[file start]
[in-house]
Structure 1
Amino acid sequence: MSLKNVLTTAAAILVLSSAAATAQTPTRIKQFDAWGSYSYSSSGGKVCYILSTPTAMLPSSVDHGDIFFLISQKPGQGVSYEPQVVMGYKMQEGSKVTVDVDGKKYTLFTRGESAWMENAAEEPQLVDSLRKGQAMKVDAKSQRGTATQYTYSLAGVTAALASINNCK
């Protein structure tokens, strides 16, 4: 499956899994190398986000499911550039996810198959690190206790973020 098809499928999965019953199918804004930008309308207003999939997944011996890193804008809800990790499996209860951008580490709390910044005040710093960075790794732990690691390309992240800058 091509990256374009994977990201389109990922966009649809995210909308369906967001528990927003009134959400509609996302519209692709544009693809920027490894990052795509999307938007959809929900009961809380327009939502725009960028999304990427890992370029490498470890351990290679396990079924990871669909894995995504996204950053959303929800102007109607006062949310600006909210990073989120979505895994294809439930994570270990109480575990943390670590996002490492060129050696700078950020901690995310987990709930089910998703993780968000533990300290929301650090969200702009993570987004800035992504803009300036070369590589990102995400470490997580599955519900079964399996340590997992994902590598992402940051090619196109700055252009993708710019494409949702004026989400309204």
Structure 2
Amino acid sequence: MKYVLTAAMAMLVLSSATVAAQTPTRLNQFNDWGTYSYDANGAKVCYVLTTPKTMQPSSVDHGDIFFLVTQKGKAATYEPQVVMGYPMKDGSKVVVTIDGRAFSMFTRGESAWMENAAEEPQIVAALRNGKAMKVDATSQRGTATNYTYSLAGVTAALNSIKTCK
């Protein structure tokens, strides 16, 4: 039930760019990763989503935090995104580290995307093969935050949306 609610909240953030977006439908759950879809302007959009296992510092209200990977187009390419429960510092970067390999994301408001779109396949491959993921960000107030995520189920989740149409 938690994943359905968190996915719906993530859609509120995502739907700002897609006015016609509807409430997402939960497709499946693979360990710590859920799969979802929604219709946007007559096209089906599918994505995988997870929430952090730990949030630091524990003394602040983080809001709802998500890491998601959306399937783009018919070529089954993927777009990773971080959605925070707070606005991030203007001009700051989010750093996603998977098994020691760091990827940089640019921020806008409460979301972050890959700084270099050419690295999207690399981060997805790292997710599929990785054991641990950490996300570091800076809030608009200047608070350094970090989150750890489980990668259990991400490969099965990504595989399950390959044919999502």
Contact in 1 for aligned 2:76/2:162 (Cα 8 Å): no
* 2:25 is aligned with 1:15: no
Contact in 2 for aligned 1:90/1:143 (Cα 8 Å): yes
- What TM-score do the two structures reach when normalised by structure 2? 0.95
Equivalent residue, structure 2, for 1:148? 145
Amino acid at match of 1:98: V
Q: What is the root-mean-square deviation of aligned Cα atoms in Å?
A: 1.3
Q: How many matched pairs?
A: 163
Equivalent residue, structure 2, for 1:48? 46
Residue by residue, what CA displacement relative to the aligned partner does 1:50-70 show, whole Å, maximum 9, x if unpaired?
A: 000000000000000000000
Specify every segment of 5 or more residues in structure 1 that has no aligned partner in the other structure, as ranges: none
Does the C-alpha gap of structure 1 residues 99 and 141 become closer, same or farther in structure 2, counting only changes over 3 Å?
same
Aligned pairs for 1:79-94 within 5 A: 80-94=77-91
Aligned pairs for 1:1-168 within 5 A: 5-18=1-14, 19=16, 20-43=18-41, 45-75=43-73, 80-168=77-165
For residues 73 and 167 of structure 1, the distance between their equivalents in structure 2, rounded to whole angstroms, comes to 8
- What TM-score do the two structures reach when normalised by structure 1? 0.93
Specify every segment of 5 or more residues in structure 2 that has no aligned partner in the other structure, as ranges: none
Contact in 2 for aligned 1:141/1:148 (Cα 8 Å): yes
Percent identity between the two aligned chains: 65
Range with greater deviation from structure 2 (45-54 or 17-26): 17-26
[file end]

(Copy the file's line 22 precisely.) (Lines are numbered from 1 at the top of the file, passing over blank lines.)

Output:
Does the C-alpha gap of structure 1 residues 99 and 141 become closer, same or farther in structure 2, counting only changes over 3 Å?